“An Object of Beauty: Metal / Fiber / Glass,” opening Sunday at Fowler-Kellogg Art Center, includes a coping saw made of melted pennies, a crocheted sword from the cartoon “He-Man” and a shovel cast in glass, among other pieces.
Judy Barie, Visual Arts at Chautauqua Institution’s galleries director, said she was looking for unusual and unexpected objects made of each material — metal, fiber and glass — for the exhibit.
“How often do you see an airplane made of glass?” Barie said, pointing out a piece by Travis Rohrbaugh.
Rohrbaugh scavenges Goodwill stores for old picture frames to use in his glass projects. He called plate glass the glass equivalent of light balsa wood, which craftsmen often use to build model airplanes. Rohrbaugh recently started using a water jet cutter to get a more precise cut and clean joints on the glass.
“The glass has to be very clean for the glue to cure,” Rohrbaugh said.
He uses UV glue, which dries under a UV light in 10 to 15 seconds. Rohrbaugh said the sun could also be used to set the joints of his planes, but it would take much longer.
Rohrbaugh said he would someday like to make his glass airplanes flyable.
Three rooms open into one another on the second floor of Fowler-Kellogg, where Barie staged “An Object of Beauty.” While the metal, fiber and glass works form a single show, Barie dedicated one room to each material.
“You can look through the rooms from one to another,” Barie said. “I find this really interesting, that you look over these sea pods to the animals made of BB pellets.”
The sea pod piece sits in the middle of the fiber room. It’s by Laura Tabakman, an artist Barie met through an art group in Pittsburgh. Barie visited Tabakman’s studio after a fiber arts guild show to pick out the exact pieces she wanted for “An Object of Beauty.”
Tabakman’s piece includes circles of silk standing up on tall wires, almost like reeds by the water. She rusted the silk by sprinkling it with iron, water and salt and letting it sit for a few hours.
Tabakman spent two days at Fowler-Kellogg in mid-June installing her sea pod piece, working five to six hours each day to get the pods to fit together the way she had intended.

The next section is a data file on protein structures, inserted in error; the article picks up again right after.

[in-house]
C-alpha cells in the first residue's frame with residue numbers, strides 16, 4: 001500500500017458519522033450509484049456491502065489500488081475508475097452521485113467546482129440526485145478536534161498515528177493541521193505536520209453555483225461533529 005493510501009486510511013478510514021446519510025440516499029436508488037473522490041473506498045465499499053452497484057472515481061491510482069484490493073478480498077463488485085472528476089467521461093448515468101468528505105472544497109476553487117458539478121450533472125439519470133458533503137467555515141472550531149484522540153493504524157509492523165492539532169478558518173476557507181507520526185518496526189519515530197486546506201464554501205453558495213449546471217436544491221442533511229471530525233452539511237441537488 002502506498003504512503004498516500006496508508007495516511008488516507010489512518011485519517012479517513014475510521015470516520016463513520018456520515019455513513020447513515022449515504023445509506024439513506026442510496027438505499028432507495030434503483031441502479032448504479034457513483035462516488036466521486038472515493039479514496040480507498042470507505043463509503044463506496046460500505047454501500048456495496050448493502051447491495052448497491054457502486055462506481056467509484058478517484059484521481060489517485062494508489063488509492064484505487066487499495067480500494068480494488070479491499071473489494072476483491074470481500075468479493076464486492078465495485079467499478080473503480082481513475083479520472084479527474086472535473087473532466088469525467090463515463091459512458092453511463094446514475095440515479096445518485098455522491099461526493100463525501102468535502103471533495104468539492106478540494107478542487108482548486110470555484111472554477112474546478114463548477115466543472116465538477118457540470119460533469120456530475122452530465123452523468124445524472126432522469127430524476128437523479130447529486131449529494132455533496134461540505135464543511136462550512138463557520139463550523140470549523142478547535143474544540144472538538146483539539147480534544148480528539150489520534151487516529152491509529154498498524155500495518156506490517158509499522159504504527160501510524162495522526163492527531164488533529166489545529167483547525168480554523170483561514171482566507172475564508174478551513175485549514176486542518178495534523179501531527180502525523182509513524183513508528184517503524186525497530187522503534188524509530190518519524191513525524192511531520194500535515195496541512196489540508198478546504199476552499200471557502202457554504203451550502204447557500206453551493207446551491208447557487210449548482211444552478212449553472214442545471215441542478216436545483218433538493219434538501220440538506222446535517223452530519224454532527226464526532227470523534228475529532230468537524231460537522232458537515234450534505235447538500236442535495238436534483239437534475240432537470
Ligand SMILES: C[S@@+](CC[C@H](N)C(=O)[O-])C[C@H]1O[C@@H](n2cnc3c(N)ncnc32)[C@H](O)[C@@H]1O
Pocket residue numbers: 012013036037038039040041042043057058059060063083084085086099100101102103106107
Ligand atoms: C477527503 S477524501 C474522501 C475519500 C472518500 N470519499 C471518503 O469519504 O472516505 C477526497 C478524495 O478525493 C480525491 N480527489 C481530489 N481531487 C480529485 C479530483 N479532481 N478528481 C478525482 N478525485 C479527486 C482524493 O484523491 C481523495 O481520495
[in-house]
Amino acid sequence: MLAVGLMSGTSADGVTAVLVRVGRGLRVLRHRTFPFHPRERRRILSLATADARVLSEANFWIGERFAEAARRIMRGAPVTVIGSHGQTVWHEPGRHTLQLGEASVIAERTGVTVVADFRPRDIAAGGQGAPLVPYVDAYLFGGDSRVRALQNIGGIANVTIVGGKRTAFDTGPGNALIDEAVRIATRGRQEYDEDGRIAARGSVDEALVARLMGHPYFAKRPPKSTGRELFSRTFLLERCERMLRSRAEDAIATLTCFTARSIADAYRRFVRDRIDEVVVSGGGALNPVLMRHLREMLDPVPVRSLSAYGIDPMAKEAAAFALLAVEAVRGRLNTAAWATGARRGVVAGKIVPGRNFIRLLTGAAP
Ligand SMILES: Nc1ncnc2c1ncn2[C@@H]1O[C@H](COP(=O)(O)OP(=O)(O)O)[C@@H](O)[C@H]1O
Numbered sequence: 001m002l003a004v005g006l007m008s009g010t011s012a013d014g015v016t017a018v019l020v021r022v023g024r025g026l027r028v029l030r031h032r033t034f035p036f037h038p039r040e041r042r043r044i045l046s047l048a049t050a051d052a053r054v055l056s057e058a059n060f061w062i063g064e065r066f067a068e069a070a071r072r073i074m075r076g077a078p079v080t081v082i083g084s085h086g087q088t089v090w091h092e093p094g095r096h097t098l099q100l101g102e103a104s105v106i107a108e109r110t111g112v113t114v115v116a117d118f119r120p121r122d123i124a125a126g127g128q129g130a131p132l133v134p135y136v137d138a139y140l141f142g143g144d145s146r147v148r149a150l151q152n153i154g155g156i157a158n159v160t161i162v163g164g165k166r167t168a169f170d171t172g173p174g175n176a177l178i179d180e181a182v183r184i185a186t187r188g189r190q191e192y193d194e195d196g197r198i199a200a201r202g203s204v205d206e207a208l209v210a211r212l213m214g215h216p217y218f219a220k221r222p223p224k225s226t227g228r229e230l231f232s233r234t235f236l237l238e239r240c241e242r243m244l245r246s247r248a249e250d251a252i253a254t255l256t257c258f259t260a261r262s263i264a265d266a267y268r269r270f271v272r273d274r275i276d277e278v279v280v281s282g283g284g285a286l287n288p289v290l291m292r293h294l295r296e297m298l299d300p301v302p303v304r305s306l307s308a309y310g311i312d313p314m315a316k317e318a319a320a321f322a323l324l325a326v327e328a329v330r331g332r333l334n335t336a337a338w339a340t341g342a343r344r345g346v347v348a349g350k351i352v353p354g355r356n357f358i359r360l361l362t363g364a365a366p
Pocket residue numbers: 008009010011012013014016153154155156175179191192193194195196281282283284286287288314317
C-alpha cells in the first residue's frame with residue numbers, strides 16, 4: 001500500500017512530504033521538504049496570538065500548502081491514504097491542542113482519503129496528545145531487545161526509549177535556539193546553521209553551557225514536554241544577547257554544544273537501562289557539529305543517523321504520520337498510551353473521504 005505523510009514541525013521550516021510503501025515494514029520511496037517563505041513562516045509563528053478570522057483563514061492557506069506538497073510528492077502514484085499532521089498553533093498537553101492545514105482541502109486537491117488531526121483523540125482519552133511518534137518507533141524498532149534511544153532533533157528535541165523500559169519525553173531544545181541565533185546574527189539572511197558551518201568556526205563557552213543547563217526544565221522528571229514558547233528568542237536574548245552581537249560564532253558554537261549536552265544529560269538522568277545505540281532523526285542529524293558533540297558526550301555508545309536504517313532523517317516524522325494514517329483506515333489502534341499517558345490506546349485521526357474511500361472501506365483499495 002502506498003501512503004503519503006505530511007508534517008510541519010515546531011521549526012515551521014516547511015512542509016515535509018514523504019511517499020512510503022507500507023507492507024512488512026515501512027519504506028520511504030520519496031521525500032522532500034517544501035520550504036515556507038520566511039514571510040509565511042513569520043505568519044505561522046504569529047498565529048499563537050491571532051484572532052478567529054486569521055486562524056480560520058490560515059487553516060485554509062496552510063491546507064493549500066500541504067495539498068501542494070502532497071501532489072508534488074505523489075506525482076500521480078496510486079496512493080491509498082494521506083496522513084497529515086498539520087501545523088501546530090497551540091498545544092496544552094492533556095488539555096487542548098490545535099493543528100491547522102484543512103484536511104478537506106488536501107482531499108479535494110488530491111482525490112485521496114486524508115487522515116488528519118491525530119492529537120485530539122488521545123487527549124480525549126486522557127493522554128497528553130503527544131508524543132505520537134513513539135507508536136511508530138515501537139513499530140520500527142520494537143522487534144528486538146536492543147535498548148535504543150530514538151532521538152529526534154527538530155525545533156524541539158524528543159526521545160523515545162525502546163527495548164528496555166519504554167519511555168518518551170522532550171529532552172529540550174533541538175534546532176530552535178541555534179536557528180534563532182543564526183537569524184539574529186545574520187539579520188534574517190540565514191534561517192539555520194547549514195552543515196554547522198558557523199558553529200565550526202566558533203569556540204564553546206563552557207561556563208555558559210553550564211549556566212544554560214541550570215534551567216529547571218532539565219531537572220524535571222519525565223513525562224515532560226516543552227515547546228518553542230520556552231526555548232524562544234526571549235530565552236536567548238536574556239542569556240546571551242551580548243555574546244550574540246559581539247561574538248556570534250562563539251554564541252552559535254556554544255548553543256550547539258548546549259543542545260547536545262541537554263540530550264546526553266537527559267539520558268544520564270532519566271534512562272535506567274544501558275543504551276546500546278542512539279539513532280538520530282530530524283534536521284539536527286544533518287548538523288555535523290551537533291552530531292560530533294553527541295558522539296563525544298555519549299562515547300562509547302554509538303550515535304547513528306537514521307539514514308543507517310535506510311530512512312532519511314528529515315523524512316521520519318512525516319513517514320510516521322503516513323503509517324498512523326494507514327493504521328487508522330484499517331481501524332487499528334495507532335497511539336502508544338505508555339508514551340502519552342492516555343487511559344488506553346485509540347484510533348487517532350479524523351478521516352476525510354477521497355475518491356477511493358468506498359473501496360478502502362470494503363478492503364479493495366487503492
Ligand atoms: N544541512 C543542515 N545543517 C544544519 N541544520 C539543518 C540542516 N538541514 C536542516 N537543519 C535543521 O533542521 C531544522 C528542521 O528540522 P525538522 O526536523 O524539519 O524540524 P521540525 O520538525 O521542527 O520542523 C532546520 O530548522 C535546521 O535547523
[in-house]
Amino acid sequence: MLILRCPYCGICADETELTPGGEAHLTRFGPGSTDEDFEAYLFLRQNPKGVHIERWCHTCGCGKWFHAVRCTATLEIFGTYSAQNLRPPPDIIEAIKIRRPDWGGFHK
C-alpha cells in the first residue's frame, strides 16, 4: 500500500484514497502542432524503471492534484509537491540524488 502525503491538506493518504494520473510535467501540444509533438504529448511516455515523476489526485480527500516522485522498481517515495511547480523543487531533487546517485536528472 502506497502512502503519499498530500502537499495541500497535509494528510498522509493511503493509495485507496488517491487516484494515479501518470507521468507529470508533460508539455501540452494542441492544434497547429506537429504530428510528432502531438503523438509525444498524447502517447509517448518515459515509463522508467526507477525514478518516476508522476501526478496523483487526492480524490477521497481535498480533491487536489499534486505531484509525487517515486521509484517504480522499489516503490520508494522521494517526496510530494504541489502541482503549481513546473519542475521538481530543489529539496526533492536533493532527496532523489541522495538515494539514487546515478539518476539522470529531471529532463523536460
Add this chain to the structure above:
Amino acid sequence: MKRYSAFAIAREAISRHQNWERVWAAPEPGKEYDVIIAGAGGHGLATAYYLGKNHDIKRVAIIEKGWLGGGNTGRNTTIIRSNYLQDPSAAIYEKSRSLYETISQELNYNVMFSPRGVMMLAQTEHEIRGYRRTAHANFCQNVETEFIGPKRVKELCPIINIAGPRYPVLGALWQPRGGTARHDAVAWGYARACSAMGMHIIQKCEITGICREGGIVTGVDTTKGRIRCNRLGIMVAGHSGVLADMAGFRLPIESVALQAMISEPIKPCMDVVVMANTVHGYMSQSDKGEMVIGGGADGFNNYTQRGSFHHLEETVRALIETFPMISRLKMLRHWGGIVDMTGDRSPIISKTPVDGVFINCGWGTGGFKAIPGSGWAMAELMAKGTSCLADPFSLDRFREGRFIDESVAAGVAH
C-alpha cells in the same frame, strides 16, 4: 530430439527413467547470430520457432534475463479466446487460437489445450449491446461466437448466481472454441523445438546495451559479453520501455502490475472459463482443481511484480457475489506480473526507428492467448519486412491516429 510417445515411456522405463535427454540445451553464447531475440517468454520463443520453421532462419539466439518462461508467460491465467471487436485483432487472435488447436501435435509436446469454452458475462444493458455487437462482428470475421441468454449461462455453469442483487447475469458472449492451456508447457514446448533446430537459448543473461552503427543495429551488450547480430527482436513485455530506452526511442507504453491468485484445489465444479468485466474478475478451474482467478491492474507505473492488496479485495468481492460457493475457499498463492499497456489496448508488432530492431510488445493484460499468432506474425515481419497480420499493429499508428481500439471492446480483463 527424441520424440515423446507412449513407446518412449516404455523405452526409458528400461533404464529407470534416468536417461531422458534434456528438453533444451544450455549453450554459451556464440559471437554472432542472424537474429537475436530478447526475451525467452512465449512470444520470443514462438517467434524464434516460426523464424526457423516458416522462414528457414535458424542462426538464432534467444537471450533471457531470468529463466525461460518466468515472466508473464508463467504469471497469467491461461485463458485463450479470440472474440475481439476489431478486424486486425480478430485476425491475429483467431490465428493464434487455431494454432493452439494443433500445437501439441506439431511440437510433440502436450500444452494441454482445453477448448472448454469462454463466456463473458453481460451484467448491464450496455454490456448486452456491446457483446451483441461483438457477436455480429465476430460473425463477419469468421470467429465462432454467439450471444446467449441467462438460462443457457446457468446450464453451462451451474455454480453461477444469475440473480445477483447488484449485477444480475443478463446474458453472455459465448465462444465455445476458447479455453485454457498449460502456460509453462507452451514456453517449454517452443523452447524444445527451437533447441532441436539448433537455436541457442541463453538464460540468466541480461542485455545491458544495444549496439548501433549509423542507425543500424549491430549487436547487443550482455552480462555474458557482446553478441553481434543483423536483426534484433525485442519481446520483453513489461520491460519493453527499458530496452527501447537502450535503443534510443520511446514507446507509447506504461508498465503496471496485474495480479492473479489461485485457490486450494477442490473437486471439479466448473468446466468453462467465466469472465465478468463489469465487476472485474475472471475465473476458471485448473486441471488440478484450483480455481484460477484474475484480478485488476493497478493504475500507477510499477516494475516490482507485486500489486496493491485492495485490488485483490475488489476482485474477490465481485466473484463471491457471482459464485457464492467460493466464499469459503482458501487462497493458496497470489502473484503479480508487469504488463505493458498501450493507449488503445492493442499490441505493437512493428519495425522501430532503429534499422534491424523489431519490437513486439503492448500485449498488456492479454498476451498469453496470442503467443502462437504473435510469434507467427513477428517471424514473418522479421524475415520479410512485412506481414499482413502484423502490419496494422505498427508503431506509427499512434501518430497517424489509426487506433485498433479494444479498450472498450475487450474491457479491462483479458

To further link the three rooms, Barie chose a piece of art for each, in its respective medium, containing the image of a bird. She also created subtle echoes of shapes across the three mediums; for example, the thin wire lines in Tabakman’s fiber pieces are reflected in the lines artist Garry Pyles creates with his metal sculptures.
“I told [Barie],” Pyles said, “ ‘Every show that I’ve been to that you curated, it all comes together as a whole.’ She knows how to create meaningful echoes. Across different media, that’s very impressive.”
Barie first saw Pyles’ work on a studio visit to see work by his partner, Atticus Adams, a sculpture and installation artist who exhibited at a previous show at the Institution.
Pyles works intuitively with sculpture, starting with a big idea and creating his wire forms from there. In a recent series, he worked off the idea of “a circuitous path to happiness.” Barie chose a piece made of wire and fishing weights from that series.
Pyles started working as a painter. He later became more inspired by metalwork, but missed the color mixing that painting allowed. He found a way to combine the best of both mediums — Pyles mixes brightly-colored resins, beeswax and wax crayons, which he attaches to the ends of his metal twists.
Tabakman, Pyles and Rohrbaugh will all visit the Institution for the opening of “An Object of Beauty,” along with many of the exhibition’s other artists.
“I found all their work interesting and unusual and beautiful in the show,” Barie said. “And I think other people will think of it in the same way.”